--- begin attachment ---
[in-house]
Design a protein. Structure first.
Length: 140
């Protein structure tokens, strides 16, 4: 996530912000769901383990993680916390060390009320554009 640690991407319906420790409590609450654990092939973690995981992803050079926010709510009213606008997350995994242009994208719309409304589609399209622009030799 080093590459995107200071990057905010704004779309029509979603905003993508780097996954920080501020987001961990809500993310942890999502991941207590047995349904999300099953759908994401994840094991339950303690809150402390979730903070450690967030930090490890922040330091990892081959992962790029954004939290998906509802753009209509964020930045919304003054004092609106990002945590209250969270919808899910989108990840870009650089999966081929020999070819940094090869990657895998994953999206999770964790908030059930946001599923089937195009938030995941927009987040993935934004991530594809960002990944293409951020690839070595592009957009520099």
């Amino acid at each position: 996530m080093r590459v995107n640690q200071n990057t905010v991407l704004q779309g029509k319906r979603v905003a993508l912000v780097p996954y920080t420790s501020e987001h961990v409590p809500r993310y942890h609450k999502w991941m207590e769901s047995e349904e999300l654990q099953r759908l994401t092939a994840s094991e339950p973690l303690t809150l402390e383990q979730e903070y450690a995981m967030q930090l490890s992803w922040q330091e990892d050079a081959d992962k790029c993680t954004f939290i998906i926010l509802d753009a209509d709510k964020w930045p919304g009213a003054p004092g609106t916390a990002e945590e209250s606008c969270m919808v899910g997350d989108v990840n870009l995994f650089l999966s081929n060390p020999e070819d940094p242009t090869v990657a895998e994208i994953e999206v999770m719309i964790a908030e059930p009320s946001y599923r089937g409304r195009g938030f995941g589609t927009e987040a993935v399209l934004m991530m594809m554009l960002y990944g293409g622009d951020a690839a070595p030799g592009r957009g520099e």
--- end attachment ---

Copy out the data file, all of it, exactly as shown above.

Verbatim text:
[in-house]
Design a protein. Structure first.
Length: 140
């Protein structure tokens, strides 16, 4: 996530912000769901383990993680916390060390009320554009 640690991407319906420790409590609450654990092939973690995981992803050079926010709510009213606008997350995994242009994208719309409304589609399209622009030799 080093590459995107200071990057905010704004779309029509979603905003993508780097996954920080501020987001961990809500993310942890999502991941207590047995349904999300099953759908994401994840094991339950303690809150402390979730903070450690967030930090490890922040330091990892081959992962790029954004939290998906509802753009209509964020930045919304003054004092609106990002945590209250969270919808899910989108990840870009650089999966081929020999070819940094090869990657895998994953999206999770964790908030059930946001599923089937195009938030995941927009987040993935934004991530594809960002990944293409951020690839070595592009957009520099």
């Amino acid at each position: 996530m080093r590459v995107n640690q200071n990057t905010v991407l704004q779309g029509k319906r979603v905003a993508l912000v780097p996954y920080t420790s501020e987001h961990v409590p809500r993310y942890h609450k999502w991941m207590e769901s047995e349904e999300l654990q099953r759908l994401t092939a994840s094991e339950p973690l303690t809150l402390e383990q979730e903070y450690a995981m967030q930090l490890s992803w922040q330091e990892d050079a081959d992962k790029c993680t954004f939290i998906i926010l509802d753009a209509d709510k964020w930045p919304g009213a003054p004092g609106t916390a990002e945590e209250s606008c969270m919808v899910g997350d989108v990840n870009l995994f650089l999966s081929n060390p020999e070819d940094p242009t090869v990657a895998e994208i994953e999206v999770m719309i964790a908030e059930p009320s946001y599923r089937g409304r195009g938030f995941g589609t927009e987040a993935v399209l934004m991530m594809m554009l960002y990944g293409g622009d951020a690839a070595p030799g592009r957009g520099e």